New York State Senator Michael Gianaris recently spoke out against the state’s bail system. His argument is that the bail system as it currently stands is biased against the poor because they’re often unable to pay bail, thus remaining incarcerated as they await their trial. The rich, on the other hand, are able to bail themselves out and are able to go about their lives pending their court date.
Senator Gianaris’ alternative plan is to eliminate bail completely and allow judges one of three options: release the defendant on their own recognizance, incarcerate them without bail, and finally to release defendants under the supervision of the court. In the mind of the public, the primary purpose of bail may seem to be an effective way to pay your way out of jail. After all, we hear about celebrities being arrested all the time, and they quickly bail themselves out of jail (often within a few hours of their arrest) and go about their business. The thing is, bail also serves as a tool to ensure that defendants come back to court at the appointed date and time.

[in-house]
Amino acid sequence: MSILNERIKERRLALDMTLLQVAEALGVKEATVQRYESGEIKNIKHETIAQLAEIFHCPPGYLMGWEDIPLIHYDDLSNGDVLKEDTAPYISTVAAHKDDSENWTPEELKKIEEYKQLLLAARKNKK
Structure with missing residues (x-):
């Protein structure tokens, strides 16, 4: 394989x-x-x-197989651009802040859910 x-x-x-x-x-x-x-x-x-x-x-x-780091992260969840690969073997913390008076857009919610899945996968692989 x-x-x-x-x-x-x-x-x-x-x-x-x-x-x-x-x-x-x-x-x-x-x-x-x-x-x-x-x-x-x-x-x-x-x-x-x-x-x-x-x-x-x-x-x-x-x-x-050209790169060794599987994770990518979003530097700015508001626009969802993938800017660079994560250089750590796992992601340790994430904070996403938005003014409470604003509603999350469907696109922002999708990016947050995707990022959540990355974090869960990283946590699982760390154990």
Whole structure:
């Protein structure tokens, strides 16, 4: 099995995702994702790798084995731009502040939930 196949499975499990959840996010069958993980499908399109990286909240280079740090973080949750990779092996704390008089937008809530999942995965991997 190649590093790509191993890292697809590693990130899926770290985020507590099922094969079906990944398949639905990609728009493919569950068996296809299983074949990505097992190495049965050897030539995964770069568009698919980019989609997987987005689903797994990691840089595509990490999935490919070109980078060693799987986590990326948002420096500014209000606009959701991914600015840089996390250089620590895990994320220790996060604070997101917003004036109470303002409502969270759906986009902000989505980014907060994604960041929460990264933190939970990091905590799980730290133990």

Bailing someone out of jail via bail bondsman will cost 10% of the total bail amount. This cost is a fee paid to the bail bondsman and is non-refundable. When an individual fulfills their obligations to the court, the bond is exonerated and everyone goes their merry way. When the defendant does not show up for court, though, the person who signed the bail bond (typically friends and/or family of the defendant) is responsible for paying the full amount of bail to the court – an expense that can be considerable. That being the case, the threat of a very large payment provides pretty solid motivation to ensure that the defendant shows back up for court.
If bail is eliminated, what’s to keep someone who’s been released from custody from skipping town and not showing up for court? Moreover, who’s going to foot the bill for their pursuit and capture? You, the taxpayer, will be on the hook for this expense as well as that of maintaining a court body to oversee those who have been released under court supervision.
In summation, what Senator Gianaris’ plan really does is change the current, privatized bail industry and change it into a government subsidized (i.e. taxpayer funded) system.